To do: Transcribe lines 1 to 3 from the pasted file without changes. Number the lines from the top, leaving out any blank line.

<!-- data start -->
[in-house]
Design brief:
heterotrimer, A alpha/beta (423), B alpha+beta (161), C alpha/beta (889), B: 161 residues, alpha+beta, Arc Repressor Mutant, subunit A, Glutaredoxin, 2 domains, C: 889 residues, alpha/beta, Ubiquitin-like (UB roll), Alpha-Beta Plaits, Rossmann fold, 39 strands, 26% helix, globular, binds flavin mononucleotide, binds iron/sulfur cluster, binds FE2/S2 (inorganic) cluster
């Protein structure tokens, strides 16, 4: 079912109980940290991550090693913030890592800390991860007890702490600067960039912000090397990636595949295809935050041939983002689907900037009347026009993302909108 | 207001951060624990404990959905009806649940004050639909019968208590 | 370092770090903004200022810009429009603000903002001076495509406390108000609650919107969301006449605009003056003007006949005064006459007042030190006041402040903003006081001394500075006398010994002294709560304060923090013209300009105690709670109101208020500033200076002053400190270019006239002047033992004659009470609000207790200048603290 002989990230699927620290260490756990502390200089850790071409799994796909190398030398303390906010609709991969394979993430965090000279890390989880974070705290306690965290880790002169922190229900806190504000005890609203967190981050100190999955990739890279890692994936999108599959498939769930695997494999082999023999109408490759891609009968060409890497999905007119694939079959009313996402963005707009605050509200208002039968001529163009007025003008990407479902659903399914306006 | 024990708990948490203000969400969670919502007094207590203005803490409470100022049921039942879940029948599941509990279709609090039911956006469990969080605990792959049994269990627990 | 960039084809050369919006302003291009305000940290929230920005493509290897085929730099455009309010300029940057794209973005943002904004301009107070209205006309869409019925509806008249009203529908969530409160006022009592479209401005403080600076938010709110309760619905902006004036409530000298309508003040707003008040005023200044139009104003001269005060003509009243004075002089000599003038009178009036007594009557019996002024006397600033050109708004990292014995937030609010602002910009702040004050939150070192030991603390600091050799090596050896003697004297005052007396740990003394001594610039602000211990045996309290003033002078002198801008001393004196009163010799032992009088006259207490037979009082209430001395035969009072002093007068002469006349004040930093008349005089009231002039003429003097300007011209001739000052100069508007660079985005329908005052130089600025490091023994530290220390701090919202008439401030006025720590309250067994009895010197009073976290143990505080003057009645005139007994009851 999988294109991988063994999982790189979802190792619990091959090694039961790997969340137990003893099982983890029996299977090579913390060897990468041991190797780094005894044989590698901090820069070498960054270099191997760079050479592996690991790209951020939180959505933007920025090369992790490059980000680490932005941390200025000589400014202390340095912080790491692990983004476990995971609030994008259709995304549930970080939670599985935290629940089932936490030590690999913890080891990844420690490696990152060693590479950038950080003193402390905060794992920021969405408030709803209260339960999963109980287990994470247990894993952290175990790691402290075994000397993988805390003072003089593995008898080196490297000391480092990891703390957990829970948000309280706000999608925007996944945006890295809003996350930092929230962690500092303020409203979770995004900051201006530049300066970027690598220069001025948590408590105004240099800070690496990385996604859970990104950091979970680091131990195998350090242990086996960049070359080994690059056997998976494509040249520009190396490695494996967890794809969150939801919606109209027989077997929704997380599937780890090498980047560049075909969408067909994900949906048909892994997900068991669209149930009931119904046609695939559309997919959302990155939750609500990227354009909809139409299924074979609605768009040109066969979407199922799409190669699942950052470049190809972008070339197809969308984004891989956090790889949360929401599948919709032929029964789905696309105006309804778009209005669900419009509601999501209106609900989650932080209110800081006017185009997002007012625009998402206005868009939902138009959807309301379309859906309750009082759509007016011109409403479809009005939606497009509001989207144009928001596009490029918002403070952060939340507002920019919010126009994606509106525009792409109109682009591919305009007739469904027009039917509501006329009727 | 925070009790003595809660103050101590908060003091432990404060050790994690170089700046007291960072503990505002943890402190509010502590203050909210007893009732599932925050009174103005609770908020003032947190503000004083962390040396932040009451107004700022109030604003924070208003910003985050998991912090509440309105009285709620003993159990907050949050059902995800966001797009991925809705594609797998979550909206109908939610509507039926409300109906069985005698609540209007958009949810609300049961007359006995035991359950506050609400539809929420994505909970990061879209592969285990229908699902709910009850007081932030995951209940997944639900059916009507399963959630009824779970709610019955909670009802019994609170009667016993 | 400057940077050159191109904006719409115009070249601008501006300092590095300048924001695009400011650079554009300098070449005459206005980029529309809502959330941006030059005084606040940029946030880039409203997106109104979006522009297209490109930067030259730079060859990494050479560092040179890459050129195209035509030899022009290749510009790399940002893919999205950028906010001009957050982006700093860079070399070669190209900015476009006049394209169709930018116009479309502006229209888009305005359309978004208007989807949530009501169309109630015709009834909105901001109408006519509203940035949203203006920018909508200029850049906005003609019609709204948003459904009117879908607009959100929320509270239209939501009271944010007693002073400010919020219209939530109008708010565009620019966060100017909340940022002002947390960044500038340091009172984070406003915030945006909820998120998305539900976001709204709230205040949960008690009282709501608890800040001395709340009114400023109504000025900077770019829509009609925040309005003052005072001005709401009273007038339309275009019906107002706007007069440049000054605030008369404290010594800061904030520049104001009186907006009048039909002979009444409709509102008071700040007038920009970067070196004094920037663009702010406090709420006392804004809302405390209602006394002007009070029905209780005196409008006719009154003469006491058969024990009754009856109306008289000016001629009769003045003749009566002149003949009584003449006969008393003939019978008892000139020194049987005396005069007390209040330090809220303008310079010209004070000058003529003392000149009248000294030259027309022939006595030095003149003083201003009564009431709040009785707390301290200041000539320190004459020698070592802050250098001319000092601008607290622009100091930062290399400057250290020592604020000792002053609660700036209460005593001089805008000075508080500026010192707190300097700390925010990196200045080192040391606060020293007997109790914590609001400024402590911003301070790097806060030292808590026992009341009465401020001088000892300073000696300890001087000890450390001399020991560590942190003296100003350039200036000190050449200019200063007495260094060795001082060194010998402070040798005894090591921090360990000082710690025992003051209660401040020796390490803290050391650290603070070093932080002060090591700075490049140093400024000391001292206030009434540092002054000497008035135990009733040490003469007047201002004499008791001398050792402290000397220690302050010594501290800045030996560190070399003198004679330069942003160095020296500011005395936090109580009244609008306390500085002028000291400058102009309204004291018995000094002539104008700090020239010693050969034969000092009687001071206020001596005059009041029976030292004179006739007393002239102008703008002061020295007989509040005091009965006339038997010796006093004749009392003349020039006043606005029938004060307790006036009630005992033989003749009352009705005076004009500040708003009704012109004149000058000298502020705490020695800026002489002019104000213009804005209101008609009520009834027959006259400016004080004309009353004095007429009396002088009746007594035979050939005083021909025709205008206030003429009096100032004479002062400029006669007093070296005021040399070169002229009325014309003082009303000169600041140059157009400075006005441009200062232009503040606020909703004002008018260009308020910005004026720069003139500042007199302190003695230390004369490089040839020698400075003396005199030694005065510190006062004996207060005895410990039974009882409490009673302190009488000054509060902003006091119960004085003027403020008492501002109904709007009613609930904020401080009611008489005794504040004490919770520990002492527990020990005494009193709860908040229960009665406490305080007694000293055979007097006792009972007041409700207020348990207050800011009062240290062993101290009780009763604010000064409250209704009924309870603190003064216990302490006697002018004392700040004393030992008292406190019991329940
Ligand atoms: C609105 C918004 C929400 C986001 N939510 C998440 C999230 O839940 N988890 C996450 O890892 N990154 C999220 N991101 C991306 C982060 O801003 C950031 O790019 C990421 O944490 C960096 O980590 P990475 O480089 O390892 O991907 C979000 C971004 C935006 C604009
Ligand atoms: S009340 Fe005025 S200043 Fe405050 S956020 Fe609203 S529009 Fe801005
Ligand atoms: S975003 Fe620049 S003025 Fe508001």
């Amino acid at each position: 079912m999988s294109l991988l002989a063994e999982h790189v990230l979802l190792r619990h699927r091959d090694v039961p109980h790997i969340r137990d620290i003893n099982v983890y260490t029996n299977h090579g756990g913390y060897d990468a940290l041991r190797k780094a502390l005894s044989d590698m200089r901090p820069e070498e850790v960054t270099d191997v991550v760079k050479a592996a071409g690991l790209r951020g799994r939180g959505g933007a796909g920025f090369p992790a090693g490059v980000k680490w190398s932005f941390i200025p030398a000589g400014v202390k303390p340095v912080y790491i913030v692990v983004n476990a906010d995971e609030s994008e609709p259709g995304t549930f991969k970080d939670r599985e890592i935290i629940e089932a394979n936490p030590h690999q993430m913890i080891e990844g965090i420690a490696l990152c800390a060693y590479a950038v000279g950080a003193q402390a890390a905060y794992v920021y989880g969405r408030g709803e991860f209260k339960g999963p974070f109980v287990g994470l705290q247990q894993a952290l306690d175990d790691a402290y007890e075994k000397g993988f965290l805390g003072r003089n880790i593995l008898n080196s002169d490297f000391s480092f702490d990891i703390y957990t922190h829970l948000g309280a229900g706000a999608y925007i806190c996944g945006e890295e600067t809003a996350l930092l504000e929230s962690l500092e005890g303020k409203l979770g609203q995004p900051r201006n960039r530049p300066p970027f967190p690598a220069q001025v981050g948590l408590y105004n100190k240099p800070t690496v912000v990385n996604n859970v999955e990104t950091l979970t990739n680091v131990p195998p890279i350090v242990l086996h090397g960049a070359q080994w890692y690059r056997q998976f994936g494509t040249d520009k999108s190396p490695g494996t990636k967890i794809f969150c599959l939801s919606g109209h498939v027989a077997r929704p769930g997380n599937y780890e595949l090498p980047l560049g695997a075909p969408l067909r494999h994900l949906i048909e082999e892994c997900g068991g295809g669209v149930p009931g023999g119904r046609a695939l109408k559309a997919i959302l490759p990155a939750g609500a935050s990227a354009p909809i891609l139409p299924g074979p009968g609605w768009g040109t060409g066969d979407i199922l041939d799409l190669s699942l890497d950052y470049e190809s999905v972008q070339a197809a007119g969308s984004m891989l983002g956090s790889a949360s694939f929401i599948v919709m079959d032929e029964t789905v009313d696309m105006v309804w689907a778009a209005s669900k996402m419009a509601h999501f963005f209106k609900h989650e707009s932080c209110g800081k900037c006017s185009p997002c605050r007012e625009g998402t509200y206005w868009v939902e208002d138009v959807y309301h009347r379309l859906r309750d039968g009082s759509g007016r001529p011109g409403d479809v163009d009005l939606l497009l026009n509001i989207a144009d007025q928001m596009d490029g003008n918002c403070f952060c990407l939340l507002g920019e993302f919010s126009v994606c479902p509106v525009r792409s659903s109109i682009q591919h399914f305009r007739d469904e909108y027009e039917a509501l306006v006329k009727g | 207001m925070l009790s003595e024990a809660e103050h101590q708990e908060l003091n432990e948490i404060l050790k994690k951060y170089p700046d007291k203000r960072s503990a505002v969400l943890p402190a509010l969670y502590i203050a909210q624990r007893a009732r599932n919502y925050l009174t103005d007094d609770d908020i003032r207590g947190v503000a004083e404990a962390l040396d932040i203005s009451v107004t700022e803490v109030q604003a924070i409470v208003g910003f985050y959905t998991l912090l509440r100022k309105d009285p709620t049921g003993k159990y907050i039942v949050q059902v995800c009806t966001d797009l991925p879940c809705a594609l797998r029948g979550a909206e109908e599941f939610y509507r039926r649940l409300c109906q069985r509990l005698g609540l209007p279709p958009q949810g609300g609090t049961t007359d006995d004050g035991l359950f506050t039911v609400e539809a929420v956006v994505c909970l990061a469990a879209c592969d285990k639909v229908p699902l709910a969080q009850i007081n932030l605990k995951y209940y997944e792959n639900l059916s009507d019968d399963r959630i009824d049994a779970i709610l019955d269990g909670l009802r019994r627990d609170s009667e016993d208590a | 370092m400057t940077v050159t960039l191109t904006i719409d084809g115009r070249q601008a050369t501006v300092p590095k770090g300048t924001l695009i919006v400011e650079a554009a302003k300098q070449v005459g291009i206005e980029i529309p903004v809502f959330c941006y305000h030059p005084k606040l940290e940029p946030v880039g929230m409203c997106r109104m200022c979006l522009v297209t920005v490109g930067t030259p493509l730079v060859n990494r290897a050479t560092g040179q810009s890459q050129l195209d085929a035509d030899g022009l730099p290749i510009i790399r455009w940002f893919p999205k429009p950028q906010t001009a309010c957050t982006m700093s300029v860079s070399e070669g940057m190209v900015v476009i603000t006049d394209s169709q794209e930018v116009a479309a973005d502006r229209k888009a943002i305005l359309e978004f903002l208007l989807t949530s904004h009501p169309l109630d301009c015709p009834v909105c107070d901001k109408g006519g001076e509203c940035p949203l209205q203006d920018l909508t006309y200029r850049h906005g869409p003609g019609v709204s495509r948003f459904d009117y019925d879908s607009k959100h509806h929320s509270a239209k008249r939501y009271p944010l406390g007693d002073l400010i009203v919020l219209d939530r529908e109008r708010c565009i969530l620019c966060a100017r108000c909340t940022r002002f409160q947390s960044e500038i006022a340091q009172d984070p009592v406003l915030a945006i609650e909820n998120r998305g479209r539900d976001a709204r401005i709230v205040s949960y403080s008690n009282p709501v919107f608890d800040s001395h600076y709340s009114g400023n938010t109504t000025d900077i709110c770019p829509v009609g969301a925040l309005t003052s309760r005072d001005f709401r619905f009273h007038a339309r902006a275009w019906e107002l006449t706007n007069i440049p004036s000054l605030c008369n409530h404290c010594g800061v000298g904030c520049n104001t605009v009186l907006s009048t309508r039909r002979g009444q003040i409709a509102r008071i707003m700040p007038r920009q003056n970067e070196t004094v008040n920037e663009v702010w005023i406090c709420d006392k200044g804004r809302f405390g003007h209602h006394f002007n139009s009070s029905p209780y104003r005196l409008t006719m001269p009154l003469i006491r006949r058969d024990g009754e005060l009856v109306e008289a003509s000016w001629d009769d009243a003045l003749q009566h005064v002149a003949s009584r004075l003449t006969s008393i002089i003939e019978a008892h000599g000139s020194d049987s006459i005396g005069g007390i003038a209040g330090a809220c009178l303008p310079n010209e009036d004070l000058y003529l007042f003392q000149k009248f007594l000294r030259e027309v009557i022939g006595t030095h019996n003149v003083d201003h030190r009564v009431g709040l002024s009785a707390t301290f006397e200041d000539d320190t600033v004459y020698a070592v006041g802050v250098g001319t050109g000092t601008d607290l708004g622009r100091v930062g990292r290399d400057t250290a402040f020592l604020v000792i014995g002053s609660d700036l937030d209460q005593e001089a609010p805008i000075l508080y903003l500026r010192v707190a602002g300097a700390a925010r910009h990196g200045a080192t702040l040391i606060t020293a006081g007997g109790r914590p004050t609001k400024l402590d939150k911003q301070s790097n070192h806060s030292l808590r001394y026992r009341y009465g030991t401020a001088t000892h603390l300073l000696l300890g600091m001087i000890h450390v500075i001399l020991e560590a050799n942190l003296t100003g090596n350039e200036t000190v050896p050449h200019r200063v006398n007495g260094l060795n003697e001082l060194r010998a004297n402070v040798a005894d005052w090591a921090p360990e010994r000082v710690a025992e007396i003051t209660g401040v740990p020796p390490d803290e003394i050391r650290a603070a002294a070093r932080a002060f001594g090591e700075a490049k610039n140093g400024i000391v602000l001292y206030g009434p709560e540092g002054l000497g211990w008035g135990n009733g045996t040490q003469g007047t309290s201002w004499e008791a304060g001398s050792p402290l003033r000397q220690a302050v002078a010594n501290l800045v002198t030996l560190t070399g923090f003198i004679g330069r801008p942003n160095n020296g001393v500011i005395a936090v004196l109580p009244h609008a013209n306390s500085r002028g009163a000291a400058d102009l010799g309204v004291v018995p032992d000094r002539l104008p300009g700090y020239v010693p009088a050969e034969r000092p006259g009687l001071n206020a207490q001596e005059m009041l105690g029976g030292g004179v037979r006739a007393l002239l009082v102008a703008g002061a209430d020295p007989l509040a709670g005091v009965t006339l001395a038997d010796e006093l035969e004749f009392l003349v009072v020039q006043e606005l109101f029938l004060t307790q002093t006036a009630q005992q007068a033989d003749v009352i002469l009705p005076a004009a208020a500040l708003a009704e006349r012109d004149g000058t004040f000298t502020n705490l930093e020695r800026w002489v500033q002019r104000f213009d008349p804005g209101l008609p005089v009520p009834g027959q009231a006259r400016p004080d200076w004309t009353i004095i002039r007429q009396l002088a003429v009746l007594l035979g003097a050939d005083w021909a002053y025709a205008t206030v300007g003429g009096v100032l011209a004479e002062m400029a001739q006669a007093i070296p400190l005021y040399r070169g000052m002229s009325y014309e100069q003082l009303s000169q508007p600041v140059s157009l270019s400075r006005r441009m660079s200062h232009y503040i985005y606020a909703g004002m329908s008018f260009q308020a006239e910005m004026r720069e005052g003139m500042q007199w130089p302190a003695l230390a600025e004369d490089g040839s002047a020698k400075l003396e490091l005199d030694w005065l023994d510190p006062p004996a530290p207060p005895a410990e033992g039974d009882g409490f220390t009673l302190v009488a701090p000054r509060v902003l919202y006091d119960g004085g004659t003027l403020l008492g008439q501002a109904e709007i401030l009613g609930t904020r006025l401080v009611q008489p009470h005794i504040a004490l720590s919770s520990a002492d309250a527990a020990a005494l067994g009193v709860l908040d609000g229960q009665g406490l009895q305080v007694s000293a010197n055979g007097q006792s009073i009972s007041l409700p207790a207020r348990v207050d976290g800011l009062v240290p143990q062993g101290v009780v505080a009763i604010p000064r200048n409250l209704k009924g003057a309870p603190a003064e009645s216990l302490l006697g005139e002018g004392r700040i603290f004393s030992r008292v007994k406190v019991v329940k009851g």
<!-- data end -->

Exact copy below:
[in-house]
Design brief:
heterotrimer, A alpha/beta (423), B alpha+beta (161), C alpha/beta (889), B: 161 residues, alpha+beta, Arc Repressor Mutant, subunit A, Glutaredoxin, 2 domains, C: 889 residues, alpha/beta, Ubiquitin-like (UB roll), Alpha-Beta Plaits, Rossmann fold, 39 strands, 26% helix, globular, binds flavin mononucleotide, binds iron/sulfur cluster, binds FE2/S2 (inorganic) cluster